— -- ABC News' Michael Koenigs is cycling 1,000 miles across America to cover the presidential debates. Along the way, he’ll be interviewing politicians, pundits and voters about the major issues of the 2016 election.
How Some Chicagoans Are Trying to End the City's Cycle of Gun Violence
October 13, 2016
As the presidential candidates debate the cycle of crime in America, we decided to visit one of Chicago's neighborhoods hardest hit by violence -- Austin.
Over the past year, the murder rate in the U.S. has surged by 11 percent, the highest spike in nearly half a century. More than 3,000 people have been shoot and 500 murdered in Chicago alone as of late September -- surpassing the city’s total for all of 2015.
Chicago, the nation’s third-largest city, has endured more homicides this year than the more populous cities of Los Angeles and New York combined.
Clifton “Booney” McFowler served 27 years in prison for a gang-related murder before returning to his neighborhood in Austin, Chicago, with hopes of steering kids away from his previous path. He joined an organization called BUILD that seeks to stem the bloodshed by offering positive programming to kids -- ranging from flag-football to afternoon bike rides.
McFowler and the program's director, Adam Alonso, admit that it’s challenging to combat crime with limited resources, but they’re making progress with a core group of participants who regularly attend BUILD’s after-school programs.
“A majority of kids in the community come to us because we’re all they have in south Austin. There’s nothing else over there but BUILD. We can offer them opportunities other than gang-banging,” McFowler said.
In response to Donald Trump’s remarks about black and Hispanic people in inner cities “living in hell,” McFowler said, “I’d say to Donald Trump to put some of that money that he didn’t give, to pay his taxes so we can have the resources in my community. So we can thrive like the rest of the communities in America."
From Pedaling to Politics: Meet a Bicycle Shop Owner-Turned-Mayor
October 13, 2016
Mayor Chris Koos of Normal, Illinois, rarely walks to work. When he's not running the town as mayor, he's running a bicycle shop just a few blocks from city hall.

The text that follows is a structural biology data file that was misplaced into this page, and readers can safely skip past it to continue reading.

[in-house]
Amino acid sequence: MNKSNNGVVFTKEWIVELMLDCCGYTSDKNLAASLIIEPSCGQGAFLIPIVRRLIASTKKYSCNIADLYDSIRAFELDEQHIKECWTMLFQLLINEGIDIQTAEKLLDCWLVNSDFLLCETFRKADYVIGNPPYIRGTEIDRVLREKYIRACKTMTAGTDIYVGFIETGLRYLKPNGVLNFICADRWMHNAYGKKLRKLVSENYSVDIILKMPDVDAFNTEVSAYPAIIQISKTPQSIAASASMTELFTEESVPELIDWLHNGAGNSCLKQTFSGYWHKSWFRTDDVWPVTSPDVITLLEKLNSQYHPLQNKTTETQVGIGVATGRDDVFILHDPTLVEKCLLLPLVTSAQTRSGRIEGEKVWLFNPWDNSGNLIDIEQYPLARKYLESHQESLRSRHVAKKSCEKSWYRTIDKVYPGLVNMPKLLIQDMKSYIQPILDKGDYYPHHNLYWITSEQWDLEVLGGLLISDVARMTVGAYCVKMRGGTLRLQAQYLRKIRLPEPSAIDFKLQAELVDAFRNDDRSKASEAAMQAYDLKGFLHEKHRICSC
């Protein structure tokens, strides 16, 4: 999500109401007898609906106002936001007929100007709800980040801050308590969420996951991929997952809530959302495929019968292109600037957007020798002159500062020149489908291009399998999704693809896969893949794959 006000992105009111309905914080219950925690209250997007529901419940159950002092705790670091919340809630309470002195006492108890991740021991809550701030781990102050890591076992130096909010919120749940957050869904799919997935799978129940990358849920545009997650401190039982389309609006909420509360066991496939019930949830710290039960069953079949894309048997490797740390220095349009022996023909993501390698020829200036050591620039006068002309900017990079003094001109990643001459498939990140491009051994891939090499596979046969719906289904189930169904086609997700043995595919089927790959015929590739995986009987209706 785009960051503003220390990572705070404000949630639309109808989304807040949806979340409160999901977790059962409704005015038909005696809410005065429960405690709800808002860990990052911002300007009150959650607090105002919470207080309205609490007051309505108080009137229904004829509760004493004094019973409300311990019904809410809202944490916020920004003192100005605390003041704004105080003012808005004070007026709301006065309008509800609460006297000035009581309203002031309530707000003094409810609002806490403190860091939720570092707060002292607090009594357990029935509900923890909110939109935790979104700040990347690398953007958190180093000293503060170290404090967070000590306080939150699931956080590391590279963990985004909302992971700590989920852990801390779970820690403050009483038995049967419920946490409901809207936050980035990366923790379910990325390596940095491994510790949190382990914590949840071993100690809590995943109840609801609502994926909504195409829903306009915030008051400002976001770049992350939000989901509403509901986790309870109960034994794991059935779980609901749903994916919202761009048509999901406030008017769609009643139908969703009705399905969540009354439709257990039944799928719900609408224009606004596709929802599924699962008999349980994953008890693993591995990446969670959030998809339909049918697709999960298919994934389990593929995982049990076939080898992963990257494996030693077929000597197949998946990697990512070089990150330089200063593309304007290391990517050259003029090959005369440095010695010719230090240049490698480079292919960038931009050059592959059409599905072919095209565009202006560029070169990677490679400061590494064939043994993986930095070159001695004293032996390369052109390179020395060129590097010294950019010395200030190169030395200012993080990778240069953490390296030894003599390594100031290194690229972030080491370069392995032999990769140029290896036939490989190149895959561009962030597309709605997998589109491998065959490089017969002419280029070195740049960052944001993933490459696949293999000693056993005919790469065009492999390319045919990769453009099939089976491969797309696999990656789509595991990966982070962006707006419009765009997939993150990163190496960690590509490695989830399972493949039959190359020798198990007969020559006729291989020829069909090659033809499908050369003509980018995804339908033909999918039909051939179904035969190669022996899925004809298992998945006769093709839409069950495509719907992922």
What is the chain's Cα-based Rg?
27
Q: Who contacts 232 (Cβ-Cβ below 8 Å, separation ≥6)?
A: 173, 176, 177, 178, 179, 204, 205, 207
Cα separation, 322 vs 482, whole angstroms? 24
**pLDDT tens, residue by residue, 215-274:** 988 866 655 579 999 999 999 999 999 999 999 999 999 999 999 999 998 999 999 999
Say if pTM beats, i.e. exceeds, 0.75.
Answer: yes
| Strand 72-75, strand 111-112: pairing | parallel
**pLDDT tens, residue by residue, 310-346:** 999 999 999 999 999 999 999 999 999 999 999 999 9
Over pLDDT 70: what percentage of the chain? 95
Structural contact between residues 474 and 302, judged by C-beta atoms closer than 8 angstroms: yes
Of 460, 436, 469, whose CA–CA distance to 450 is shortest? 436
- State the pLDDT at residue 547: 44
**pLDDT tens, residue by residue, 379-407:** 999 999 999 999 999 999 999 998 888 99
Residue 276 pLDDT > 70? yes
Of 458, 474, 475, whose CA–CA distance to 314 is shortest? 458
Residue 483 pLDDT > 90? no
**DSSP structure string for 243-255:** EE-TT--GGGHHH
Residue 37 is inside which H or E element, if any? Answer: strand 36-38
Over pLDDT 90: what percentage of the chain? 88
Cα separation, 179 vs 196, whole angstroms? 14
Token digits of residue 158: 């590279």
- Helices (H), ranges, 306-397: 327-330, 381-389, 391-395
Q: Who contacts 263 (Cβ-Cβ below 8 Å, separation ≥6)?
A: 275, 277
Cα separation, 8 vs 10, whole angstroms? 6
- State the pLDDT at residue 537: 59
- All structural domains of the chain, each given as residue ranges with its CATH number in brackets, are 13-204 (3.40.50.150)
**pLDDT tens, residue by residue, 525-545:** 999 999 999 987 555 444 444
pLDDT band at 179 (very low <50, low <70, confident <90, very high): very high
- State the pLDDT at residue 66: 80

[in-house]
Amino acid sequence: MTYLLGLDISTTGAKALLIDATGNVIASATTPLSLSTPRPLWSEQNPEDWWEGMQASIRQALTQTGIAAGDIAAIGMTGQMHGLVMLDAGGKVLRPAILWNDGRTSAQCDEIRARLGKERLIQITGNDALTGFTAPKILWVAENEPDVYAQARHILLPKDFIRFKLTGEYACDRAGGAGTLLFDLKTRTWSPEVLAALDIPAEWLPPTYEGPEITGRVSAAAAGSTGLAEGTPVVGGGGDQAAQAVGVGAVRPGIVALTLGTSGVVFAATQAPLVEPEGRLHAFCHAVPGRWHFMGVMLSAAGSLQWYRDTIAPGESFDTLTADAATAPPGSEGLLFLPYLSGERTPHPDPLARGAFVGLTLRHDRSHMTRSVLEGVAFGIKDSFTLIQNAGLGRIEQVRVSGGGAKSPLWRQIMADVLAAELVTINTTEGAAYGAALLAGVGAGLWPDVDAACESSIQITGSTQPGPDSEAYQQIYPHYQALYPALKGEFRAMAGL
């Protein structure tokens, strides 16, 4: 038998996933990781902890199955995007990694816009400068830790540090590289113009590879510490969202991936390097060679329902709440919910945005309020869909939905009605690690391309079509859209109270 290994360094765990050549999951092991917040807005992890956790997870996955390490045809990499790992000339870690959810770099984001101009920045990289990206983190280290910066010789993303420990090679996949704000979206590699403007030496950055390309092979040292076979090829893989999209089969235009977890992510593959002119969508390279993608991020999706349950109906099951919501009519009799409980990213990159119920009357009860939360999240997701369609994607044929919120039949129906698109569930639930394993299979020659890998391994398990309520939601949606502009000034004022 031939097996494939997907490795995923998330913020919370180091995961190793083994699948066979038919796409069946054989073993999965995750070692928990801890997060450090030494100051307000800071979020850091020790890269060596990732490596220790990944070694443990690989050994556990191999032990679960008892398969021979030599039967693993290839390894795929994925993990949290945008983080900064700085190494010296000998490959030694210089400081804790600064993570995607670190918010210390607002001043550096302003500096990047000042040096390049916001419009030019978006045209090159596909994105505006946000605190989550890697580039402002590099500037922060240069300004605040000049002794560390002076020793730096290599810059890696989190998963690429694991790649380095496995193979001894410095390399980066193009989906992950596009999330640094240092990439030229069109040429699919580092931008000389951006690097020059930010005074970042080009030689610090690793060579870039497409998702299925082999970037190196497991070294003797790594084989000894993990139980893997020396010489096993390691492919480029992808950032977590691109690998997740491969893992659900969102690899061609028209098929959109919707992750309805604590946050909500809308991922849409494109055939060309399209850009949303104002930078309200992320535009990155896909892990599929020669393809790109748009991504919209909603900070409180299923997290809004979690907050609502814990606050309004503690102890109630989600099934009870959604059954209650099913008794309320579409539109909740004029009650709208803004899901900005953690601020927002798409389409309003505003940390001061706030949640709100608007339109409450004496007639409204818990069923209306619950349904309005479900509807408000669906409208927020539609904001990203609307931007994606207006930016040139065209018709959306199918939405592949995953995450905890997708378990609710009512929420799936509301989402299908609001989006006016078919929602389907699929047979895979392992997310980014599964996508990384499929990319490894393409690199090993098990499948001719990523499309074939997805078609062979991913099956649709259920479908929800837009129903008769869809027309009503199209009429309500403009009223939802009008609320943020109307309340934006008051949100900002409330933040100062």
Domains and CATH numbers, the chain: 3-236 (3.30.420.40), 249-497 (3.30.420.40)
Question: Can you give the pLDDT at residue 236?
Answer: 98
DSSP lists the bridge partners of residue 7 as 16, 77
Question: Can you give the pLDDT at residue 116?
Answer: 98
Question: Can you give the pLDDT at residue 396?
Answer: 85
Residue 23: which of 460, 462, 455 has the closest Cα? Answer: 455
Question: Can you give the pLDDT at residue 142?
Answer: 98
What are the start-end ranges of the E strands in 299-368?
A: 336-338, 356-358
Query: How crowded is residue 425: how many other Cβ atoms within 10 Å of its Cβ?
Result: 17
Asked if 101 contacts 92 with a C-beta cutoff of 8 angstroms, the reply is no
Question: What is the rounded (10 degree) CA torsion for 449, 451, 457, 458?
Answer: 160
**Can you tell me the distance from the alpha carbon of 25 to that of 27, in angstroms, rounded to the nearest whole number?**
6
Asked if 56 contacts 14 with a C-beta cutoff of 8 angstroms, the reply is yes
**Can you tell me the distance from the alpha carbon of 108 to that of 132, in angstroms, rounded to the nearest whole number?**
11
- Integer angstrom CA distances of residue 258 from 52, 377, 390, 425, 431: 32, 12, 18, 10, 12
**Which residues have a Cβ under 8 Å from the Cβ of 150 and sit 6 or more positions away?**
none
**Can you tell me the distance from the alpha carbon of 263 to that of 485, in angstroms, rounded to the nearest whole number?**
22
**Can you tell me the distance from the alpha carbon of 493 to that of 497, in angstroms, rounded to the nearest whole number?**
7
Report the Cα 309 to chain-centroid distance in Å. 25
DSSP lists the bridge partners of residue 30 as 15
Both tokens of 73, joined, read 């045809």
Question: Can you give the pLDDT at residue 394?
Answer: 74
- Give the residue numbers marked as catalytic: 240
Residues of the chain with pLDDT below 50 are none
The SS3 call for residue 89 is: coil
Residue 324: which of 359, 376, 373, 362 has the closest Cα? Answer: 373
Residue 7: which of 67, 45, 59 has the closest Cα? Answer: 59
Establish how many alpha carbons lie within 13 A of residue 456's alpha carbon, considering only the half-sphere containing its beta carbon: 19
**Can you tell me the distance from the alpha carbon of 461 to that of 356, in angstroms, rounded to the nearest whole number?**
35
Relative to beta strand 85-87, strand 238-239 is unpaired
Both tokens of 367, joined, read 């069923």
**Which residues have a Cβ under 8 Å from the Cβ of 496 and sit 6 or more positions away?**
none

Koos started his cycling business nearly 36 years ago, long before he ran as a candidate in his first election 13 years ago.
As mayor of Normal, population 54,000, Koos is able to split his time between city hall and Vitesse Cycle Shop.
"Having that duality of roles here, being mayor and being a small business owner, I understand what small businesses need," said Koos.
On city council and later as mayor, he helped to develop a network of 43 miles of paved bicycle trails throughout the city.
"I always joke that I'm the only normal mayor in the United States," Koos said.
He's also likely the only major in the U.S. who also runs a bicycle shop
A Ride Through America's Corn Country
October 12, 2016
The United States is known as the "corn capital of the world," and I understood why after cycling past thousands of rows of corn growing in central Illinois.
More than 94 million acres in the U.S. is devoted to growing corn, an increase of 7 percent over last year, according to the latest report from the U.S. Department of Agriculture.
But, while global demand for ethanol and other corn products has increased, advances in harvesting and seeding technology have outpaced these demands, leaving many corn farmers with losses in recent years.
Corn prices have fallen to a seven-year low, and at the end of this harvest season, many farmers' corn storage bins will be full. Overall, total U.S. farm income is expected to fall to $71.5 billion in 2016, which would be down 12 percent from the previous year and would mark a third consecutive year of decline and the lowest level since 2009.
I pedaled along the historic Route 66 highway in central Illinois, then took a detour at McLean County where I stopped to meet a fourth-generation farmer named Brian Loeffler who is in the middle of corn harvest season.